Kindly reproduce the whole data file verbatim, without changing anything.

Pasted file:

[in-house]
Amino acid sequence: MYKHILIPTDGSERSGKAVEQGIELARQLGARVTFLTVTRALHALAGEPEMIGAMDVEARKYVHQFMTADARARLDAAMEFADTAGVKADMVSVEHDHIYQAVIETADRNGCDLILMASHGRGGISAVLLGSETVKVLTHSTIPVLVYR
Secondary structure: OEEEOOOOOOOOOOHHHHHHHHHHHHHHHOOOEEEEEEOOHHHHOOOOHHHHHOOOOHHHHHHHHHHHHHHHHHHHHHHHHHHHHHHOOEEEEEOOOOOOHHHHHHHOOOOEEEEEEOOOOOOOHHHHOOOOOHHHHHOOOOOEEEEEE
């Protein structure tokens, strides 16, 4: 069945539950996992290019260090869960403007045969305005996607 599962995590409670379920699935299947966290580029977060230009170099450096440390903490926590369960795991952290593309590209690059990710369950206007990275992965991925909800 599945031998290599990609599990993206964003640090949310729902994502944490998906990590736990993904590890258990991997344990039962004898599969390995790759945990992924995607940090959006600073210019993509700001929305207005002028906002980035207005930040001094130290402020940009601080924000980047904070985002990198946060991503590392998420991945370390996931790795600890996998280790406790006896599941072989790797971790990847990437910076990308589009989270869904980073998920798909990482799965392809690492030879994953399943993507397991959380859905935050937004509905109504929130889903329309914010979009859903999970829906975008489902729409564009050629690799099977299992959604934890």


[in-house]
Amino acid sequence: MYKHILIPTDGSERSGKAVEQGIELARQLGARVTFLTVTRALHALAGEPEMIGAMDVEARKYVHQFMTADARARLDAAMEFADTAGVKADMVSVEHDHIYQAVIETADRNGCDLILMASHGRGGISAVLLGSETVKVLTHSTIPVLVYR
Secondary structure: OEEEOOOOOOOOOOHHHHHHHHHHHHHHHOOOEEEEEEOOHHHHOOOOHHHHHOOOOHHHHHHHHHHHHHHHHHHHHHHHHHHHHHHOOEEEEEOOOOOOHHHHHHHOOOOEEEEEEOOOOOOOHHHHOOOOOHHHHHOOOOOEEEEEE
């Protein structure tokens, strides 16, 4: 069945539950996992290019260090869960403007045969305005996607 599962995590409670379920699935299947966290580029977060230009170099450096440390903490926590369960795991952290593309590209690059990710369950206007990275992965991925909800 599945031998290599990609599990993206964003640090949310729902994502944490998906990590736990993904590890258990991997344990039962004898599969390995790759945990992924995607940090959006600073210019993509700001929305207005002028906002980035207005930040001094130290402020940009601080924000980047904070985002990198946060991503590392998420991945370390996931790795600890996998280790406790006896599941072989790797971790990847990437910076990308589009989270869904980073998920798909990482799965392809690492030879994953399943993507397991959380859905935050937004509905109504929130889903329309914010979009859903999970829906975008489902729409564009050629690799099977299992959604934890």